One excerpt that resonates with me is this: “You will always feel fear. Everyone will. But your trust must be bigger than your fear. The bigger your trust the smaller your fear becomes. And the more you trust the more you become a conduit for miracles.”
He then goes on to explain how a financially grim picture was completely transformed in ways he couldn’t have predicted at the start. Within four short years he was in an amazing place in his career and his life. What’s to say you couldn’t experience a similar transformation in terms of your own career success, whether it’s a short-term job search or a longer-term career change?
Big Leaps Can Bring Big Rewards
Making a big leap in your career management (including things like a major job change) can seem really daunting at times. It’s what a respected colleague of mine once called “big gulp” time!
Now I’m not advocating an action such as the adoption of bungee-jumping as a spur to tackling difficult career challenges (although that might work for some of you!). I’m just saying that we sometimes need to move well outside our comfort zone if we hope to achieve a significant growth goal in our career–or in our life, for that matter.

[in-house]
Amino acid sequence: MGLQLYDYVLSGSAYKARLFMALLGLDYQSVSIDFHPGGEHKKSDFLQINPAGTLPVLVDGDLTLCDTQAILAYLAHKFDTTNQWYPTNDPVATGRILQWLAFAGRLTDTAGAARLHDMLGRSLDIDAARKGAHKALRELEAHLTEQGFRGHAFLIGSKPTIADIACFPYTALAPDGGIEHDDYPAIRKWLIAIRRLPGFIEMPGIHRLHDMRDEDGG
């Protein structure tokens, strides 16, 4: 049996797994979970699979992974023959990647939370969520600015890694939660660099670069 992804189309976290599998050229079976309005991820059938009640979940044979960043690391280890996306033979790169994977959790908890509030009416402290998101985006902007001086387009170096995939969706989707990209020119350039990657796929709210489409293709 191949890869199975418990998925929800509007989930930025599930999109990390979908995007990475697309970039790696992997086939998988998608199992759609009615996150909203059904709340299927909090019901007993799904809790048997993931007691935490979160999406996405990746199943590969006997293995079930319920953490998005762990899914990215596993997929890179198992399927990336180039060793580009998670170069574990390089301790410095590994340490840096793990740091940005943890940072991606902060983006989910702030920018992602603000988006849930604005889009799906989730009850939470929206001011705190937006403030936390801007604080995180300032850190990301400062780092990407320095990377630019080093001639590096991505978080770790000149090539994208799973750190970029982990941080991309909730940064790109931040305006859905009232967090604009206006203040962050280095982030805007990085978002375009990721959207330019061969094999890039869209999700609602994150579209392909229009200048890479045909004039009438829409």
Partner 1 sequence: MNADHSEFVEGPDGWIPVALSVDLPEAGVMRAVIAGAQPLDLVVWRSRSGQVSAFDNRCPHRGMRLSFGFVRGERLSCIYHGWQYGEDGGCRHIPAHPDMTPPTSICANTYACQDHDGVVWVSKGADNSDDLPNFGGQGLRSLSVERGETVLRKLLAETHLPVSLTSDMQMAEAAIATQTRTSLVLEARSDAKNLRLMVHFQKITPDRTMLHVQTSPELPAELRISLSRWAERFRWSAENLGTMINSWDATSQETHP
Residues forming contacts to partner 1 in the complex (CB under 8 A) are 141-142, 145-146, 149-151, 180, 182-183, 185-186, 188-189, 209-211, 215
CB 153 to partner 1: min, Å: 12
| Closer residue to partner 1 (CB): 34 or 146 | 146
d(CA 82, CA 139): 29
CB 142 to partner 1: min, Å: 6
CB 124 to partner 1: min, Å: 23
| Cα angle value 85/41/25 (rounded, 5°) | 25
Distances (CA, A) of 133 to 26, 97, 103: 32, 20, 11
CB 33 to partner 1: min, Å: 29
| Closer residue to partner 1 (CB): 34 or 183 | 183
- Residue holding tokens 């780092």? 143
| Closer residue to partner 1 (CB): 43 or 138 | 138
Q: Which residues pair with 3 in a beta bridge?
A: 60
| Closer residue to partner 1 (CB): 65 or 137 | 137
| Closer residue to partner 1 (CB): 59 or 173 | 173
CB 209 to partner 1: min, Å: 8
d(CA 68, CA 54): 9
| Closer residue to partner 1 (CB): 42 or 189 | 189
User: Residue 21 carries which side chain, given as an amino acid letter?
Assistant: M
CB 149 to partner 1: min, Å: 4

For me, personally, this view has meant considering–and now actively planning–a cross-country move from California to Massachusetts to be near my sister. Many aspects of this planned relocation are challenging, not the least of which is eventually driving myself, my son and two small dogs more than 3,000 miles. Until now, my idea of a long drive has been 3-4 hours, tops.
I can’t foresee all the possible obstacles to be overcome in achieving this goal, but I do know I have a strong reason for doing it, and that motivates me. That might also be what helps you to move forward–to get past the fear you feel at the thought of making a big change in an uncertain world. I certainly hope it does and you reach the end of 2015 with a resounding “YES!” at how far you’ve come.
Did your new year get off to a strong start? If not, don’t worry. There’s plenty of time to make a course correction. However, if you were thinking about launching a new job search this year, you’ve already missed your chance to gain early momentum (late December would have been a good time for that). As the saying goes, though, “all is not lost.” You just need to get cracking!
Key Points for Your Job Search
As the Greek philosopher Heraclitus once said, “The only thing that is constant is change.” That’s probably as true for job searching and career management requirements as for anything else in life. While keeping that in mind, the following are still potentially valid points to consider in planning and conducting your next job search: